The magazine adverts contained testimonials including one elderly woman who stated: “NOW I CAN SEE AND READ MY MAGAZINES!” which the Advertising Standards Authority (ASA) ruled went beyond the EU-approved claim that vitamin A “contributes to the maintenance of normal vision”.
The ASA has been one of the strictest interpreters of the EU’s nutrition and health claims regulation (NHCR) and has ruled consistently against testimonials it has deemed unauthorised claims.
The formulation also contained the herbal Euphrasia officinalis [also known as eyebright] and Vaccinium myrtillus [bilberry or European blueberry] which do not have EU-approved health claims.
The ASA said the claims were not just exaggerated but implied treatment of disease, in this case age-related macular degeneration (AMD).
“…the ad went beyond claiming that the product could maintain the functions of vision and the retina, and instead implied that the product could improve vision,” the ASA wrote.
“We therefore considered the claims in the ad exaggerated the health claim submitted to EFSA [European Food Safety Authority].”
Treatment of disease claims are forbidden under the NHCR.
“Is this in the interest of consumers?”
New Nordic Health Brands CEO Karl Kristian Bergman Jensen bemoaned the demise of the testimonial.
“In our industry, there is the special EU legislation on health claims which means that consumers’ real opinions about the experience of the products should be regulated and censored by suppliers and retailers when consumers give the products reviews.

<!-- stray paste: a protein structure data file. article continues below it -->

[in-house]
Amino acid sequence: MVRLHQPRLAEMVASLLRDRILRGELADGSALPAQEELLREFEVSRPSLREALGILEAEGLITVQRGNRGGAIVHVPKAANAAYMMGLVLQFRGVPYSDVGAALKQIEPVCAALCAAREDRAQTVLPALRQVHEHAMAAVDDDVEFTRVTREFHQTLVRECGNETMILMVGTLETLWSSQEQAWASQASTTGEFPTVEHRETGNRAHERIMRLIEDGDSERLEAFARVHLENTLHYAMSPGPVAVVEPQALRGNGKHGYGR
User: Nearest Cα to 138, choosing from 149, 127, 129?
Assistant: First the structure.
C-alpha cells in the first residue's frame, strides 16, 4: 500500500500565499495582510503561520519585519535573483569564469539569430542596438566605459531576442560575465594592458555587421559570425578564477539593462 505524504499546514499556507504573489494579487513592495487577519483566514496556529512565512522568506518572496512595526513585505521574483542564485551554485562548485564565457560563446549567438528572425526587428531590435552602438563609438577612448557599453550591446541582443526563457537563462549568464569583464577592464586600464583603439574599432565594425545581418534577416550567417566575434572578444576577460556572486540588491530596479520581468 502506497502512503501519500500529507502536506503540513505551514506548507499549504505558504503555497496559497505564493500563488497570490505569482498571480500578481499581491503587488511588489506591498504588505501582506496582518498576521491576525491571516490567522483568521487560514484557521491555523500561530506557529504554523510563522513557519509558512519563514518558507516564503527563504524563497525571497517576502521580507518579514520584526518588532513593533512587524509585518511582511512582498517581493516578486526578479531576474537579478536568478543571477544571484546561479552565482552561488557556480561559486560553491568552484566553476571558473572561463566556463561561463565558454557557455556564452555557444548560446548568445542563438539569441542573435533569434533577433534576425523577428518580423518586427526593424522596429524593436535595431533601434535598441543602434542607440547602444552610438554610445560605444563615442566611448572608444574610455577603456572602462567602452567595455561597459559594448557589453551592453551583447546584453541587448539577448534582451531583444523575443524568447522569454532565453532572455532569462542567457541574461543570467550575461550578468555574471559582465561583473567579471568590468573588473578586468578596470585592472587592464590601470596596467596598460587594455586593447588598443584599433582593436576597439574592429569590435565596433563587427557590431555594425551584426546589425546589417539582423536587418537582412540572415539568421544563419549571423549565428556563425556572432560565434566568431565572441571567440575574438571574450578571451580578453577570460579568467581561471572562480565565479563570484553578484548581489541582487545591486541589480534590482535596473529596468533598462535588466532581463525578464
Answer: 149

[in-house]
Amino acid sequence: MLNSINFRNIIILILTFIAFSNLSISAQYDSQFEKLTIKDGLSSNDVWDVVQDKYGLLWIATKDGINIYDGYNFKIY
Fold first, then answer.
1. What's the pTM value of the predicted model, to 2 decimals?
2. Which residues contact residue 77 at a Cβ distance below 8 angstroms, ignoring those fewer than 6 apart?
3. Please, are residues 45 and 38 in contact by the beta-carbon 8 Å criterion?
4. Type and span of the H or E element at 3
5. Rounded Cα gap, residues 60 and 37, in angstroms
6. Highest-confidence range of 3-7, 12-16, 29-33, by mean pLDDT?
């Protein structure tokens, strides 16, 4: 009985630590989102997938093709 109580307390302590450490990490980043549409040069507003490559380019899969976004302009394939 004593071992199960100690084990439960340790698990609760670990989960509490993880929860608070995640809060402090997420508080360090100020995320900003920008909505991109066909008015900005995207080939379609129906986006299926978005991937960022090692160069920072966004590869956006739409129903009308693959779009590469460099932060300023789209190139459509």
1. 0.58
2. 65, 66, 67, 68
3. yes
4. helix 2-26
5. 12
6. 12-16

“A consumer can easily write a review about a product like Blue Berry saying that he or she is experiencing that their vision is improved after taking the product,” he told NutraIngredients.
“It will then be illegal and this statement must then be censored by the owner of the website. We are afraid that our industry is losing out on one of the great advantages of freedom of opinion and the advantage of peer review that the internet offers. Is this in the interest of consumers?”
In 2010, New Nordic received some negative publicity in Canada for making similar claims, although at that time the claims were protected by Health Canada’s Natural Health Products Directorate.
A crumb of comfort: wording flex
Owen Warnock, partner and food regulation specialist at Eversheds in the UK said the ruling did affirm an important aspect of interpretation of the NHCR.
“One crumb of comfort for the advertisers here, and an important point for all those wanting to make health claims, is that once again the ASA took a pragmatic approach to the use of words which depart slightly from the approved claim wording,” Warnock relayed.
The ASA said “Vitamin A helps maintain a normal eyesight” was an acceptable variation on the approved claim that “Vitamin A contributes to the maintenance of normal vision”.
But Warnock warned “they need to ensure that other words and images used do not convey a message going beyond the approved claim.”
Playing with fire: Claims versus trust
Peter Wennstrom, president and founder of the Healthy Marketing Team consultancy highlighted the complex field claim making had become, and how difficult it is to win and maintain trust in products and claims.
“I think this is a big issue in the supplements/botanicals area where there is such a reliance on using claims to reach consumers, but it’s a bit like playing with fire in the current regulatory landscape, and when you’re caught then the entire brand will lose credibility.”
“The inside out question ‘what can we claim’ should be replaced by the outside in question ‘what will generate trust and purchase for our brand?’”